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Taken 1998

Back row: Grady P David M, Jared P Front row: Kara F Colin F and Levi P

In 1985, Ric was arrested along with a British fellow­ worker and 8 other members of the small church in Adana. They were held in the Turkish jail for a week and then released on bail because of the intervention of the Canadian and British embassies. Some months later they were taken to court, and then acquitted, but Ric and Darlene were refused permission to continue to live in Turkey when their residence permit expired. So Munros were on the move agaIn ...

This time they moved to the Turkish Republic of Northern Cyprns, where Turkish is the only language spoken. There they continued to work with Turkish speak­ ers, encouraging them to read the Bible and seek to know God. Within two years, however, the officials of Turkey had ordered the Cypriots to evict the Munros and again they were refused permission to stay. Munros returned to Canada.

Four years in Canada swiftly passed as Ric repre­ sented Operation Mobilization, (the Christian mission with whom they had worked in Turkey and Cyprns), at meet­ ings and conferences and later as he and Darlene worked in the head office in Port Colborne, ON. For the first time, the children got a chance to see what being 'Canadian' really meant. In 1991, Munros felt that they should get back into working with Turkish speaking people and so they moved to London, England.

Since 1991, Munros have lived in London, where some 35,000+ Turkish speaking Kurdish refugees had miraculously landed in a small area of London and needed physical, emotional and spiritual encouragement. Along with several co-workers, hundreds of hours have been spent helping physical needs, interpreting for needy refugees in hospitals, doctor's offices, schools, lawyers, police, and other areas. Each of these people helped prac­ tically has also been invited to the Sunday church meeting held in Turkish, and offered a New Testament to take home to read. English classes, advice on many varied topics, literacy in Turkish, children's clubs, youth clubs, men's and women's meetings, special cultural nights, a drop-in centre, camps and many other activities keep Ric and Darlene busy all the time.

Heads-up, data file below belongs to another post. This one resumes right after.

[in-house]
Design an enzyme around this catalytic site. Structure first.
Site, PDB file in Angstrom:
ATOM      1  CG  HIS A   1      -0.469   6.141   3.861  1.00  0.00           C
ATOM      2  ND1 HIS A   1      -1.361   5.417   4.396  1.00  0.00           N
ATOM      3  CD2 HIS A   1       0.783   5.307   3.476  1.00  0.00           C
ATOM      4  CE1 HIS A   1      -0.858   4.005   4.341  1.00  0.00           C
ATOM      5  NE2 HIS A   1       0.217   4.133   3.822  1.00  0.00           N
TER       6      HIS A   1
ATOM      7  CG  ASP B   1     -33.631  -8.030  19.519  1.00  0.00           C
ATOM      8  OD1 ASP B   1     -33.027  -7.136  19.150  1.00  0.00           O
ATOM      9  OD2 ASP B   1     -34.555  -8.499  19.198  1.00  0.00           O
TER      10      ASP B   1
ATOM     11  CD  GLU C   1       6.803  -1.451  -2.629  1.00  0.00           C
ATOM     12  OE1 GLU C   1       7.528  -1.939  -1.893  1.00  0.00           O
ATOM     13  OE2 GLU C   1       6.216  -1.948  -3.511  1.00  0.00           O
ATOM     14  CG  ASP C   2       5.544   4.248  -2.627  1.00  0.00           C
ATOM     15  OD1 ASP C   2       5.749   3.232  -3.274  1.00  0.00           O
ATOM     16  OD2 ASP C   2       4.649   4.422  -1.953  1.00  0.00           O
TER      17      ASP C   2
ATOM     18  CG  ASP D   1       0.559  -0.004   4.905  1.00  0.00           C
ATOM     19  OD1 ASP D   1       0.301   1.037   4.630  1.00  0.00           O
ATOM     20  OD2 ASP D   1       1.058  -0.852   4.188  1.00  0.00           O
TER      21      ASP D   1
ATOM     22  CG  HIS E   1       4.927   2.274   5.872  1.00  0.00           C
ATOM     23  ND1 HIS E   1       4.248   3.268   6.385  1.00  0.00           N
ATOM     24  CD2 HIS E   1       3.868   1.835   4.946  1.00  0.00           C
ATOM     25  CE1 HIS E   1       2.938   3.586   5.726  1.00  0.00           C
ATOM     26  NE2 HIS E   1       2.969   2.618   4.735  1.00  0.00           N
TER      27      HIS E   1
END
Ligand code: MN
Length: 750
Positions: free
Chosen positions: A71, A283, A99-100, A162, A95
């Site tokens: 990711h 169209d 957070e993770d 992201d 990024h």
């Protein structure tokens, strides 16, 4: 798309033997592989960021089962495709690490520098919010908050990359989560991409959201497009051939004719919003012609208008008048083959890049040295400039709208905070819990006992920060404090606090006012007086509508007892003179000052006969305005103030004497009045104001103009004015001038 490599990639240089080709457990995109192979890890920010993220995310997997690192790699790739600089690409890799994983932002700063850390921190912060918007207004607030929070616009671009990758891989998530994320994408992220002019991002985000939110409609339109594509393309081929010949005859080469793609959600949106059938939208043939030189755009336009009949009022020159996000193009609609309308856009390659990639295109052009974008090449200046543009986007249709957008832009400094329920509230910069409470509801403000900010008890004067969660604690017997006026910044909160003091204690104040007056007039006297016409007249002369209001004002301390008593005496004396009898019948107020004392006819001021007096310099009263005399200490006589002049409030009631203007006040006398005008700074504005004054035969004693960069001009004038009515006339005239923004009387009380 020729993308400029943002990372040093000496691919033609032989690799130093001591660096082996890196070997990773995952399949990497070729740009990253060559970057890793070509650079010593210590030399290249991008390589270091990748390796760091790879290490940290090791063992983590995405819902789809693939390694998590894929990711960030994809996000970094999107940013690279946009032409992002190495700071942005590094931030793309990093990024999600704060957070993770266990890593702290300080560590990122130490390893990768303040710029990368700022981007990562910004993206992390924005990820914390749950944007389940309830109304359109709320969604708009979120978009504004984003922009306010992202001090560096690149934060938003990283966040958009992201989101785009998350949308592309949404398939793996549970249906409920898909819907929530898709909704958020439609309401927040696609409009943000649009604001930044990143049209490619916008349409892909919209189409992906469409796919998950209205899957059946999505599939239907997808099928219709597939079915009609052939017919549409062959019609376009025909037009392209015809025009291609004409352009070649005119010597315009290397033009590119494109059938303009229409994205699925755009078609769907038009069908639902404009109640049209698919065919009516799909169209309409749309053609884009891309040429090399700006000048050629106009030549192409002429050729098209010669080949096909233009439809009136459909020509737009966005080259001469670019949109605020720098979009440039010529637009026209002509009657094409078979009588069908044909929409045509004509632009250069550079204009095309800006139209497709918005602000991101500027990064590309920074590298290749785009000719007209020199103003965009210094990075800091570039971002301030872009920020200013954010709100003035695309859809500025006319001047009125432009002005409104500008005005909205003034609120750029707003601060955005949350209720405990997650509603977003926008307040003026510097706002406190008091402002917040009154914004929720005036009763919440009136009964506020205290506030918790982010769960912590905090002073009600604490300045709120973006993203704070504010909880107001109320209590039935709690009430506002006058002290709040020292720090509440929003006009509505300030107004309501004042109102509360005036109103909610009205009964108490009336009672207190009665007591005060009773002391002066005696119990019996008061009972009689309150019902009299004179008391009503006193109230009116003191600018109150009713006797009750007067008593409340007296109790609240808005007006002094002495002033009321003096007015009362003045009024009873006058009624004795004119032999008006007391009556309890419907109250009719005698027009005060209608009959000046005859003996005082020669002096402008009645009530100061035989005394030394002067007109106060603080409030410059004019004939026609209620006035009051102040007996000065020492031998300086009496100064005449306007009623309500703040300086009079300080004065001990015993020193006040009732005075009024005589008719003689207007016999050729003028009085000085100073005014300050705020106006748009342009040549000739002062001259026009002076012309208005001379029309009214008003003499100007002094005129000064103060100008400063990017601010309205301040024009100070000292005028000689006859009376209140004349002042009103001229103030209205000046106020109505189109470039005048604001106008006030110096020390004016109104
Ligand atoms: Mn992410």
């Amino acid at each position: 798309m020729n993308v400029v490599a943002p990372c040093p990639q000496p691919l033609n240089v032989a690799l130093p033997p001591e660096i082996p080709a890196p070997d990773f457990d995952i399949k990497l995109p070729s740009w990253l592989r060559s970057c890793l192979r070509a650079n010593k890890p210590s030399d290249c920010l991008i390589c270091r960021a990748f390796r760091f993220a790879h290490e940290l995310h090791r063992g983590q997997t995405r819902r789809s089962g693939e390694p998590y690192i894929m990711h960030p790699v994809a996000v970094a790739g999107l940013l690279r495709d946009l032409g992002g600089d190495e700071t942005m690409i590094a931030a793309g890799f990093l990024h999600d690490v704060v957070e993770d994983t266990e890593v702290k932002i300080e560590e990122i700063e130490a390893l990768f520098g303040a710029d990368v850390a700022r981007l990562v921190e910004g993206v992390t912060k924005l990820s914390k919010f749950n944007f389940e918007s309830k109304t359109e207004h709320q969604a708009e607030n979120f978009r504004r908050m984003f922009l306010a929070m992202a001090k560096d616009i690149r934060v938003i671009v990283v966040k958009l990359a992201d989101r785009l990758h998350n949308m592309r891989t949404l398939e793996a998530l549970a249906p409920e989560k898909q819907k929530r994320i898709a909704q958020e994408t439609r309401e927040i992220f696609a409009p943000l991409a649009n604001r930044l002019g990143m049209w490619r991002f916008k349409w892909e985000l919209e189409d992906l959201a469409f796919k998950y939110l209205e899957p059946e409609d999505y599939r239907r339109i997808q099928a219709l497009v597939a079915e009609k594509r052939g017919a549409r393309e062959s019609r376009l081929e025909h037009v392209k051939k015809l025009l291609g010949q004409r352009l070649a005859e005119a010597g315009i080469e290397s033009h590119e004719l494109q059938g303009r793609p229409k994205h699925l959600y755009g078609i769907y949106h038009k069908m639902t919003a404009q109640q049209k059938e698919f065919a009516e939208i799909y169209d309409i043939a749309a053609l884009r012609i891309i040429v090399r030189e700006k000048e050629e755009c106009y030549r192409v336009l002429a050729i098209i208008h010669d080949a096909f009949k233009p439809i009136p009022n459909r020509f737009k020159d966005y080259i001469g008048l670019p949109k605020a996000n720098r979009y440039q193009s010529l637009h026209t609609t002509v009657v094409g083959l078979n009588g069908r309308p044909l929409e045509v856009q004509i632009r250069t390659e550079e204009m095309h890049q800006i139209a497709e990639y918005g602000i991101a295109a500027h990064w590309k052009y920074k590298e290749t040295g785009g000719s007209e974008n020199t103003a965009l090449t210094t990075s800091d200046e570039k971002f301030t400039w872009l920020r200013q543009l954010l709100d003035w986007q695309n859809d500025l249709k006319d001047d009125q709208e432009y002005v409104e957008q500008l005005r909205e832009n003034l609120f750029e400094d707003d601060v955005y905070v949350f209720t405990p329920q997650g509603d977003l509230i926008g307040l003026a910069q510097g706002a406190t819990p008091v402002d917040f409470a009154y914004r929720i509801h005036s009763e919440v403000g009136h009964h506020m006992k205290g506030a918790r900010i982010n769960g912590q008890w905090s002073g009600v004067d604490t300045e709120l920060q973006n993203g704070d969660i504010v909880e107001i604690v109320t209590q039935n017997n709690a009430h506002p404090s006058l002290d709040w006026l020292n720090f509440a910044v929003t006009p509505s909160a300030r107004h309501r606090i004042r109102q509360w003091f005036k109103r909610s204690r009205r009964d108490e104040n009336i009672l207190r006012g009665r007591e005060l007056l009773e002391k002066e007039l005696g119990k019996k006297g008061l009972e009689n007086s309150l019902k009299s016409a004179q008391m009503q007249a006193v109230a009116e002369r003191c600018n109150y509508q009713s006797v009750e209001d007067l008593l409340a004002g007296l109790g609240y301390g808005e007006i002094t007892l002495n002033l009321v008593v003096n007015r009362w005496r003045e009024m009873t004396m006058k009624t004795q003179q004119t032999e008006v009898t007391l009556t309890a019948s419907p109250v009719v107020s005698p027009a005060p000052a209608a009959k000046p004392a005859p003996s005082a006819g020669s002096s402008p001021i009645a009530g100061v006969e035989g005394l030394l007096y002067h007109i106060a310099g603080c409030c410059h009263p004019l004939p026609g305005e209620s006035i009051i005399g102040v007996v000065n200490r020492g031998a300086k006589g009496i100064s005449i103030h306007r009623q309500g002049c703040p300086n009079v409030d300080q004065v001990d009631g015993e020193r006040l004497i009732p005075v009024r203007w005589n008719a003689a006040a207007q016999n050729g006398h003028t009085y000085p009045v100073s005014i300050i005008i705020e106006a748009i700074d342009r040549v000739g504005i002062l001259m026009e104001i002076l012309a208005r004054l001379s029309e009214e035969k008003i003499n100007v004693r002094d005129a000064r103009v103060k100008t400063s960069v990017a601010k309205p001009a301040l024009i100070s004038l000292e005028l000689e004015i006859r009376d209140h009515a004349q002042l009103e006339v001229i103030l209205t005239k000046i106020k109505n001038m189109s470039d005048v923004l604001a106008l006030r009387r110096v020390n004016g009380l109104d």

John, 22, is living at home and is in his third year at University studying computer software engineering. Beth, 19, is doing theological studies. David, 16, is nearing the end of the United Kingdom equivalent of high school, preparing for a career in computers.

Lorraine returned to University of Calgary, follow­ ing a back injury. She graduated this time with a diploma in Special Education in the spring of 1984. Lorraine lives in Brooks, AB. She married Ernie Froese in 1987 and they have two children, Kara, born November 1993, and Colin, born July 1997. Lorraine is presently teaching Special Education part-time at the elementary school where she has been employed since moving to Brooks 15 years ago. Ernie is employed as an Accounts Payable Clerk at Lakeside Packers where he has worked for 22 years. Ernie also takes further education courses in the business area.

Blanche and Gerald Pilon have three sons. They are:

Jared, born August 1985; Grady, born June 1988; and Levi, born January 1991. The boys all attend Koinonia Christian School in Red Deer. They are all very active and enjoy such things as hockey, golf, soccer, rollerblading, skateboard­ ing and basketball. Because of the boys' interest in different sports, the parents have learned new sports, such as golf, as well.

Gerald received his journeyman carpentry certificate and has been building homes part-time, as well as work­ ing a full-time job until April 1997, when he quit his full-time job and is now in full-time constrnction, owning and operating 'Noah Homes Ltd.', along with Blanche. Because of the flexibility of having their own business, this has allowed Blanche to be a stay-at-home mom as well as work for the business and be involved in their sons' educa­ tion.

Kenneth passed away December 30, 1999, at the age of eighty-five years.

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